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I need to store a pointer to a char array in a struct, and then modify/access the arrays content. How can I do that?

I can only think of something similar to this, but I don't get to the complete compilable solution.

struct foo {
    unsigned char *array;

And then:

unsigned char array[512];
struct foo *foo;
foo->array = array;

In another function which receivers pointer to struct:

*(foo->array[0]) = 'K';
share|improve this question
If you plan to store a null-zerminated string in the char array, use char instead of unsigned char. – ThiefMaster Jun 9 '12 at 0:16
up vote 3 down vote accepted

Your code is almost fine:

foo->array[0] = 'K';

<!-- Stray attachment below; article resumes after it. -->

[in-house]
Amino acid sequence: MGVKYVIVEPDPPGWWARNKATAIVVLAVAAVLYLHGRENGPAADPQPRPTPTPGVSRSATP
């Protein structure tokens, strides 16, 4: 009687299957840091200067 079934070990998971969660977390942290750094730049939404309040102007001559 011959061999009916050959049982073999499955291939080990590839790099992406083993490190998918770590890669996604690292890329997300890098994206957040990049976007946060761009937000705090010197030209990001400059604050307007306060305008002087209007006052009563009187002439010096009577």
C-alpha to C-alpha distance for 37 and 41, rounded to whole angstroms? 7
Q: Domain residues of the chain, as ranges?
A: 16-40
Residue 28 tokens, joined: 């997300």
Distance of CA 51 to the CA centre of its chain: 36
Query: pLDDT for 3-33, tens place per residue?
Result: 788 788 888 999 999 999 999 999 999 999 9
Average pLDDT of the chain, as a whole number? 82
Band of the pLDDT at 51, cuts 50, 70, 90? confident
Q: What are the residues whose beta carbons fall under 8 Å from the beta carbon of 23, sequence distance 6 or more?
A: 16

The problem with your code *(foo->array[0]) is that you try to dereference a char which is not even a pointer.

You also need to allocate memory for the struct - currently foo points to some random memory location where an access will most likely crash your program:

struct foo *foo = malloc(sizeof(*foo));
share|improve this answer
Aye, I knew that I was near to the solution. Thanks for your help! I know about the malloc, I am using that but just left it blank for not overflooding my question. Thanks for the hint anyways! – Joel Bodenmann Jun 9 '12 at 0:01
shouldn't it be: malloc(sizeof(foo)); ? – Joel Bodenmann Jun 9 '12 at 0:04
@Tectu: from foo being a pointer to struct foo the following the following assumptions are valid: the type of *foo is struct foo and thus sizeof(*foo) == sizeof(struct foo). Using *var avoids having to write the name of the struct again. – ThiefMaster Jun 9 '12 at 0:10
woah, nice to now :) – Joel Bodenmann Jun 9 '12 at 0:12

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